Pope Francis attracts tens of thousands during first-ever papal visit to Bahrain

Pope Francis arrives to celebrate mass at the Bahrain National Stadium in Riffa, Bahrain.
Pope Francis arrives to celebrate mass at the Bahrain National Stadium in Riffa, Bahrain. Copyright AP Photo
Copyright AP Photo
By Euronews with AFP and AP
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An estimated 30,000 people crowded into a sports stadium in Bahrain to attend a mass by Pope Francis.


Thousands of Christians crowded into a sports stadium in Bahrain to listen to a mass conducted by Pope Francis during his first-ever papal visit to the island nation.

According to the Vatican, local organisers estimated some 30,000 people attended the service.

Organisers had said that passes to the event were snapped up within two days of them becoming available, with pilgrims coming from Saudi Arabia and other Gulf countries.

The pope is primarily visiting the country to participate in a government-sponsored interfaith conference to promote Catholic-Muslim dialogue.

But for the final two days, he will minister to the Catholic community.

Unlike its neighbour Saudi Arabia, Bahrain allows Christians and Jews to exercise their faith publicly.

It houses an estimated 80,000 Christians, many of whom are workers from southern Asia.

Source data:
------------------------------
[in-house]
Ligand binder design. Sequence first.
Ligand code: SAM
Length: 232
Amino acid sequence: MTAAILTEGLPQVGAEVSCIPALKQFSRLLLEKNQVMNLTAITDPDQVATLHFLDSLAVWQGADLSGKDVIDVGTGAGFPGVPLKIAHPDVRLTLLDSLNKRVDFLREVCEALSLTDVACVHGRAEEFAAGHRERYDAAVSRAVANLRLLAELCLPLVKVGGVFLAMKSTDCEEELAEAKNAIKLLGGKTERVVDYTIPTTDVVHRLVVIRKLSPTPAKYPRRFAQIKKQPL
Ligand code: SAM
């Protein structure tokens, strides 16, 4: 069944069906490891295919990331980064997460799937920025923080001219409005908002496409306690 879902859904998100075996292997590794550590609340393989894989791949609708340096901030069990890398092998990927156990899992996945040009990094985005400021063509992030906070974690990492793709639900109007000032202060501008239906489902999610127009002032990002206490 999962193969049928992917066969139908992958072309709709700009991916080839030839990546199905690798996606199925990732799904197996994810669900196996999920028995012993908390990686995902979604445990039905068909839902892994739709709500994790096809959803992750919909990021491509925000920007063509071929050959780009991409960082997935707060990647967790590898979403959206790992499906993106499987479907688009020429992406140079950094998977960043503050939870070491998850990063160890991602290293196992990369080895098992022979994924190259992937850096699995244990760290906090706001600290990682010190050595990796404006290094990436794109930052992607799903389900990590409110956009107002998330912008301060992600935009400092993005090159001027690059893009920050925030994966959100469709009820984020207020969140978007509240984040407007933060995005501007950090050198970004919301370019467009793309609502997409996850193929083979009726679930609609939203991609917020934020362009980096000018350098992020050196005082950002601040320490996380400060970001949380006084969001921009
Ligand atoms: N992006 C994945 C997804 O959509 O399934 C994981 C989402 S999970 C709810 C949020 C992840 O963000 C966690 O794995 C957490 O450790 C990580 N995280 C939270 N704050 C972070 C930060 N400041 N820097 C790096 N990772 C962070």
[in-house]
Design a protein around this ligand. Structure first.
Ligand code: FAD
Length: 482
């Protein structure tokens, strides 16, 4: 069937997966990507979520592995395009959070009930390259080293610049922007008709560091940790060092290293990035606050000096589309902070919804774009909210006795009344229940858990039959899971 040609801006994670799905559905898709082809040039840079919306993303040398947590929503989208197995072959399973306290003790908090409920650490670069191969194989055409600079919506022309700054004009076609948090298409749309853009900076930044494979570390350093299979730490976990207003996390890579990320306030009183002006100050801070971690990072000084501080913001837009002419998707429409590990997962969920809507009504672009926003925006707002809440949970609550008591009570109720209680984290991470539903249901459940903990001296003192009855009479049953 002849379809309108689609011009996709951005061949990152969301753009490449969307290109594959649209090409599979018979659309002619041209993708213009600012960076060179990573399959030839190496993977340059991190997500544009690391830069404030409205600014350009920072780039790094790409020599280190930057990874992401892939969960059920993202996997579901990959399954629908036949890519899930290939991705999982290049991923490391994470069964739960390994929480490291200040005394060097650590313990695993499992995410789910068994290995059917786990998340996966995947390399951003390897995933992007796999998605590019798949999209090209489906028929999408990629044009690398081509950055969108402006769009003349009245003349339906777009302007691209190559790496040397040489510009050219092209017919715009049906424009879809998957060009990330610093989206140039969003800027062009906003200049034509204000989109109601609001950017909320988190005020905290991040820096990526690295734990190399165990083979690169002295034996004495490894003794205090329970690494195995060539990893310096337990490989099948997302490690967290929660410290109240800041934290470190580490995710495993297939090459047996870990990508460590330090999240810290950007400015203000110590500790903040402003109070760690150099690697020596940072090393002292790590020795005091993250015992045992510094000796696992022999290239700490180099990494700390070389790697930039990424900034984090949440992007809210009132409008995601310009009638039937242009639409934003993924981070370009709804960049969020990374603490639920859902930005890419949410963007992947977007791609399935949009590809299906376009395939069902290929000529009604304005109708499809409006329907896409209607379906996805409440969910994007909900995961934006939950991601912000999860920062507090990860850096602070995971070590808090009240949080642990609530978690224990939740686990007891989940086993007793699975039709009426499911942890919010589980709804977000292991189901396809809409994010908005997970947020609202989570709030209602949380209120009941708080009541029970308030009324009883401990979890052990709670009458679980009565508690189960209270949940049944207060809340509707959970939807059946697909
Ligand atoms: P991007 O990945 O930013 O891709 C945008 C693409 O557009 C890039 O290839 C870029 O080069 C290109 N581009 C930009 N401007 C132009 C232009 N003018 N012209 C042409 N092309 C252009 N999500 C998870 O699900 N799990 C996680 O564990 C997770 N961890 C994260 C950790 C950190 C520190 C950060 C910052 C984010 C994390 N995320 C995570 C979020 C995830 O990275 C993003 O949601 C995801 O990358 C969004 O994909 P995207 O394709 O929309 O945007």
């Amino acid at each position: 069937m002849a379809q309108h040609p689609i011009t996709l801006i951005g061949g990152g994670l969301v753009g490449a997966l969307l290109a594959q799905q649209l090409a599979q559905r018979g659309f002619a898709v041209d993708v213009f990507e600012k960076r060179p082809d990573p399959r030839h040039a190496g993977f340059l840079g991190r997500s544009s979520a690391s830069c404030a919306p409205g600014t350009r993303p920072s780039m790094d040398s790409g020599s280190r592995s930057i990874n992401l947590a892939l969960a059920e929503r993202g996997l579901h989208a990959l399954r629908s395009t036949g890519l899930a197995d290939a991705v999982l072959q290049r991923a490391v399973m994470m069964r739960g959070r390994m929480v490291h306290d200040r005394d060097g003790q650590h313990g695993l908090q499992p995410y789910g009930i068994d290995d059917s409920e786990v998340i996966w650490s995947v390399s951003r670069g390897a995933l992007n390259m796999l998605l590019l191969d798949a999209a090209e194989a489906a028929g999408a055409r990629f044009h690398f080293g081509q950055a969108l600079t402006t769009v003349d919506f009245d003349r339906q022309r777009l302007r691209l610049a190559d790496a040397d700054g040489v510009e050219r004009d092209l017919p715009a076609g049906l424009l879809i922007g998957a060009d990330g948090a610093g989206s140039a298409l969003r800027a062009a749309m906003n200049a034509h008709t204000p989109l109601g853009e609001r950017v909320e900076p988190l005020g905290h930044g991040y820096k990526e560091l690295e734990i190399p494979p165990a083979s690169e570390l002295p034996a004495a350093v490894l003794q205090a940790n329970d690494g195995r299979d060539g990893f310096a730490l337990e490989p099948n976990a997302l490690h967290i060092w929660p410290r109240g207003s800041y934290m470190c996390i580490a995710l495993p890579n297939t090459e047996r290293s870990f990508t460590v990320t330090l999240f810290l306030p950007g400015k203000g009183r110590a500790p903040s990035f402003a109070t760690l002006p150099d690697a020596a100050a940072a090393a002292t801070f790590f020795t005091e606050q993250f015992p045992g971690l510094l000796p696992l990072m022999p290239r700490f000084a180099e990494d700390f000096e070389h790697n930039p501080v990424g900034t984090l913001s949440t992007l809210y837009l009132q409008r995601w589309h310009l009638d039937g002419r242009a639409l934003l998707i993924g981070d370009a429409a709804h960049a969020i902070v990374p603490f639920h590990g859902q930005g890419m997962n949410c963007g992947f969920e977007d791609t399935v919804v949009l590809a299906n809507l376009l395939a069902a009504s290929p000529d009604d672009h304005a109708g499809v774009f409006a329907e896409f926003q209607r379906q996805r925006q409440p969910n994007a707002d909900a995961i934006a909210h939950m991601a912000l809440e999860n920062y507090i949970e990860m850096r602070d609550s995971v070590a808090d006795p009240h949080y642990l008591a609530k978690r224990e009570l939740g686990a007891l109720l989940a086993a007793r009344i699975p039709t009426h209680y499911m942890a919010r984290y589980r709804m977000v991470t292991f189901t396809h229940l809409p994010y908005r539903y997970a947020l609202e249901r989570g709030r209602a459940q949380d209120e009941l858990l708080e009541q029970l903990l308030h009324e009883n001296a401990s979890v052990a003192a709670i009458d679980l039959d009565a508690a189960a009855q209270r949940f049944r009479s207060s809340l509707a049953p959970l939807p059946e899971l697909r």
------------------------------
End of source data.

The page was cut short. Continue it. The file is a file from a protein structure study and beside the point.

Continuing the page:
On Friday afternoon, Francis led a service in a new cathedral near the country's capital Manama, attended by hundreds of migrant workers.

Opposition Protest

That same day, opposition protesters also took to the streets near the capital ahead of the nation’s parliamentary elections.

Activists from the outlawed Al-Wefaq party shared a video of a protest showing demonstrators waving banners calling on the public to boycott the vote.

Bahrain is ruled by a Sunni monarchy that has been accused of discriminating against the country's Shiite majority.

Francis opened his visit to Bahrain on Thursday by urging Bahrain authorities to abolish the death penalty and for the government to guarantee basic rights.

It was a nod to Bahraini Shiite dissidents who say they have been harassed and detained, subject to torture and "sham trials", with some stripped of their citizenship or sentenced to death for their political activities.

The government denies discriminating against Shiites.

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